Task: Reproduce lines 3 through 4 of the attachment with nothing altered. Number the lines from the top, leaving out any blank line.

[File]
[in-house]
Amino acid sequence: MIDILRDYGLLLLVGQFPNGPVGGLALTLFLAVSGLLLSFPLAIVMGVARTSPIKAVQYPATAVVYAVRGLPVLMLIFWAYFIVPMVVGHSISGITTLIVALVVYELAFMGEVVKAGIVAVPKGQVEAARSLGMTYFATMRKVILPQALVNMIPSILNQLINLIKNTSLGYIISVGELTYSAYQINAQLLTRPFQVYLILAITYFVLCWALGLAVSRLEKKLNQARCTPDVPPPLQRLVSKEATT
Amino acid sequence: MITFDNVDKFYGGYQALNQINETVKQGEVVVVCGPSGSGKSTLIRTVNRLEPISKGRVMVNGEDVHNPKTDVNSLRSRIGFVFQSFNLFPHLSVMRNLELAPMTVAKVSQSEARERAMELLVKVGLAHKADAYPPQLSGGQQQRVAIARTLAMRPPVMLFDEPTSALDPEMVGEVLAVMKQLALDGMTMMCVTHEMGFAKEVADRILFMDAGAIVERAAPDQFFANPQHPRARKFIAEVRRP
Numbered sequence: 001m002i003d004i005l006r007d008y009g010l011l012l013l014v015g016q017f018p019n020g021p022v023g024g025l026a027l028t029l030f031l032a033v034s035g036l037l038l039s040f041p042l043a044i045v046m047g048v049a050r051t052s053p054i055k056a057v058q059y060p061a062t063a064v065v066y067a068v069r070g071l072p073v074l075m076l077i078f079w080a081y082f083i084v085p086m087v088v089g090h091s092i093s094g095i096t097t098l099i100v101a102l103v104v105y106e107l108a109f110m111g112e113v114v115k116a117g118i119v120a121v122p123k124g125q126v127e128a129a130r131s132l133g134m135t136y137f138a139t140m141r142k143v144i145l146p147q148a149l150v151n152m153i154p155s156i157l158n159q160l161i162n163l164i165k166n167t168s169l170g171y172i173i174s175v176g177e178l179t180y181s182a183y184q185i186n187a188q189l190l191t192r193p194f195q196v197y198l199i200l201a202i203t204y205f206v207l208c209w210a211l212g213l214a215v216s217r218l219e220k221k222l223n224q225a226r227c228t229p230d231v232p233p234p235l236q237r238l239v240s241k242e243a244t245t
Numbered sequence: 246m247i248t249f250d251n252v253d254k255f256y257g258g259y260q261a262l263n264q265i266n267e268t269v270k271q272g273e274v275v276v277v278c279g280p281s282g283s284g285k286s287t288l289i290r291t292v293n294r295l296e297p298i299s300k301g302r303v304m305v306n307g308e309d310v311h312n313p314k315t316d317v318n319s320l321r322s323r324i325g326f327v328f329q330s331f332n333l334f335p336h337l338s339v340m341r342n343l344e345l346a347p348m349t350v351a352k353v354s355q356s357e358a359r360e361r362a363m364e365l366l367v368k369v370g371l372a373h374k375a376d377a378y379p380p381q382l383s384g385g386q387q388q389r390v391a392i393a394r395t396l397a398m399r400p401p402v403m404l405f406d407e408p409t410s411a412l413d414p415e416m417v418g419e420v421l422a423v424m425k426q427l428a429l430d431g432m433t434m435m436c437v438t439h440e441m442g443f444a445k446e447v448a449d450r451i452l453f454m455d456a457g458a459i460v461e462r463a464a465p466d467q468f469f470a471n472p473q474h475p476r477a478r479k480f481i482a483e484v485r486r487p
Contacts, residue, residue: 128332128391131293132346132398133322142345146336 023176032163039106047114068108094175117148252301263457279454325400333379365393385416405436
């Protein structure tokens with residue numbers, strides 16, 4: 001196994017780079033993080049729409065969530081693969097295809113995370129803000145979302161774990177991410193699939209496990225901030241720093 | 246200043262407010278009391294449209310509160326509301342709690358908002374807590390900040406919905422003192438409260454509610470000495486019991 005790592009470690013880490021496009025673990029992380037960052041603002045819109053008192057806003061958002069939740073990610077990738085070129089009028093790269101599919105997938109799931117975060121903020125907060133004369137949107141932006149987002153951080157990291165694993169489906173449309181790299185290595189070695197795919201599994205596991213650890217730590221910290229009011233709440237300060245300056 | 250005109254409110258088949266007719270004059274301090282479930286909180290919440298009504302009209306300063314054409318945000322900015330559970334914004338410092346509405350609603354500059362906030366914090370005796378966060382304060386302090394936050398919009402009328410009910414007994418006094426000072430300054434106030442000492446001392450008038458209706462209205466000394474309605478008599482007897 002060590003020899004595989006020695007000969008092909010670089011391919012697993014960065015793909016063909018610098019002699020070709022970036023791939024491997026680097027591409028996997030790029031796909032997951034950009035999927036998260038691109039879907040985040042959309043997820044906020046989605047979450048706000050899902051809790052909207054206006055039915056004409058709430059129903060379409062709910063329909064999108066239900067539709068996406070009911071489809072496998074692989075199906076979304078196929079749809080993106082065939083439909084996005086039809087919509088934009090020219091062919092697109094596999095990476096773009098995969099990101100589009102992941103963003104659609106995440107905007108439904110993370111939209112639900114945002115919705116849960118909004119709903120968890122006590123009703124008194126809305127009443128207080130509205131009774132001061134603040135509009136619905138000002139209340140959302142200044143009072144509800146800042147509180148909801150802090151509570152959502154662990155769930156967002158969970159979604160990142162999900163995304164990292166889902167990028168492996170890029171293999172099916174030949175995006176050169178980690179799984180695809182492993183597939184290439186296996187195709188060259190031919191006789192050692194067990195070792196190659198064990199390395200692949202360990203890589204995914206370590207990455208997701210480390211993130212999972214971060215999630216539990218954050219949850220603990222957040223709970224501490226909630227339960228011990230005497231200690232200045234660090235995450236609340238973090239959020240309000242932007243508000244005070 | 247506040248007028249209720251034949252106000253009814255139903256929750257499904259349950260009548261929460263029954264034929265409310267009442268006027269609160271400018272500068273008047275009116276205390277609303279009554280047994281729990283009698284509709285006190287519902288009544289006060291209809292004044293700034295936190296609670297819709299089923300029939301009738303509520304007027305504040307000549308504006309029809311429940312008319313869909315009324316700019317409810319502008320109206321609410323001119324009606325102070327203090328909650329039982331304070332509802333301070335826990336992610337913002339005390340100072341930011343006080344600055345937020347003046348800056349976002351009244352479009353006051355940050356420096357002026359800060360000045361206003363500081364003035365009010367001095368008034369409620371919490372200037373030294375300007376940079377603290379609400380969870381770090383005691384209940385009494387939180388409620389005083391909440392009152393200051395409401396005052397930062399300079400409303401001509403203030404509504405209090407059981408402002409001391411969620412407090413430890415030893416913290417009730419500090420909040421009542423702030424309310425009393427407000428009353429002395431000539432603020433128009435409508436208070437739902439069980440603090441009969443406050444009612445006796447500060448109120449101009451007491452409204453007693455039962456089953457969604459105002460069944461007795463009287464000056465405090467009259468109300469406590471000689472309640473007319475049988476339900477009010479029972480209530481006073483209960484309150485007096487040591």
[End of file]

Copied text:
Amino acid sequence: MITFDNVDKFYGGYQALNQINETVKQGEVVVVCGPSGSGKSTLIRTVNRLEPISKGRVMVNGEDVHNPKTDVNSLRSRIGFVFQSFNLFPHLSVMRNLELAPMTVAKVSQSEARERAMELLVKVGLAHKADAYPPQLSGGQQQRVAIARTLAMRPPVMLFDEPTSALDPEMVGEVLAVMKQLALDGMTMMCVTHEMGFAKEVADRILFMDAGAIVERAAPDQFFANPQHPRARKFIAEVRRP
Numbered sequence: 001m002i003d004i005l006r007d008y009g010l011l012l013l014v015g016q017f018p019n020g021p022v023g024g025l026a027l028t029l030f031l032a033v034s035g036l037l038l039s040f041p042l043a044i045v046m047g048v049a050r051t052s053p054i055k056a057v058q059y060p061a062t063a064v065v066y067a068v069r070g071l072p073v074l075m076l077i078f079w080a081y082f083i084v085p086m087v088v089g090h091s092i093s094g095i096t097t098l099i100v101a102l103v104v105y106e107l108a109f110m111g112e113v114v115k116a117g118i119v120a121v122p123k124g125q126v127e128a129a130r131s132l133g134m135t136y137f138a139t140m141r142k143v144i145l146p147q148a149l150v151n152m153i154p155s156i157l158n159q160l161i162n163l164i165k166n167t168s169l170g171y172i173i174s175v176g177e178l179t180y181s182a183y184q185i186n187a188q189l190l191t192r193p194f195q196v197y198l199i200l201a202i203t204y205f206v207l208c209w210a211l212g213l214a215v216s217r218l219e220k221k222l223n224q225a226r227c228t229p230d231v232p233p234p235l236q237r238l239v240s241k242e243a244t245t